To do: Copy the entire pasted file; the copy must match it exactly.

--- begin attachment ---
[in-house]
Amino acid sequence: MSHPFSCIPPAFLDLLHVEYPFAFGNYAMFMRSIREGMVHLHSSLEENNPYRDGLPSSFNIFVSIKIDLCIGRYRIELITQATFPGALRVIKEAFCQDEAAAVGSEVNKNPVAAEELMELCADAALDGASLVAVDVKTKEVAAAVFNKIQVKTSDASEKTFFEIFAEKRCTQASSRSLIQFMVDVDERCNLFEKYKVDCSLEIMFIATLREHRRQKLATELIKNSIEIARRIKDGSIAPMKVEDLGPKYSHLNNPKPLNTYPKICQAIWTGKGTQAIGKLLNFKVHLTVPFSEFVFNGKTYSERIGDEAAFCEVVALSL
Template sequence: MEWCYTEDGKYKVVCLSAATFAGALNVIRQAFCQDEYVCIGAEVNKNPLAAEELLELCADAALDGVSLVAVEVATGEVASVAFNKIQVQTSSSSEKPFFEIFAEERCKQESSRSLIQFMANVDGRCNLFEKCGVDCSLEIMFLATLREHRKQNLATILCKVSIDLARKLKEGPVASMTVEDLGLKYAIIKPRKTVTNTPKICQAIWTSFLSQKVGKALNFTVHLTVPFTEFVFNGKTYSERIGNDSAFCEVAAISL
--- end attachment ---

[in-house]
Amino acid sequence: MSHPFSCIPPAFLDLLHVEYPFAFGNYAMFMRSIREGMVHLHSSLEENNPYRDGLPSSFNIFVSIKIDLCIGRYRIELITQATFPGALRVIKEAFCQDEAAAVGSEVNKNPVAAEELMELCADAALDGASLVAVDVKTKEVAAAVFNKIQVKTSDASEKTFFEIFAEKRCTQASSRSLIQFMVDVDERCNLFEKYKVDCSLEIMFIATLREHRRQKLATELIKNSIEIARRIKDGSIAPMKVEDLGPKYSHLNNPKPLNTYPKICQAIWTGKGTQAIGKLLNFKVHLTVPFSEFVFNGKTYSERIGDEAAFCEVVALSL
Template sequence: MEWCYTEDGKYKVVCLSAATFAGALNVIRQAFCQDEYVCIGAEVNKNPLAAEELLELCADAALDGVSLVAVEVATGEVASVAFNKIQVQTSSSSEKPFFEIFAEERCKQESSRSLIQFMANVDGRCNLFEKCGVDCSLEIMFLATLREHRKQNLATILCKVSIDLARKLKEGPVASMTVEDLGLKYAIIKPRKTVTNTPKICQAIWTSFLSQKVGKALNFTVHLTVPFTEFVFNGKTYSERIGNDSAFCEVAAISL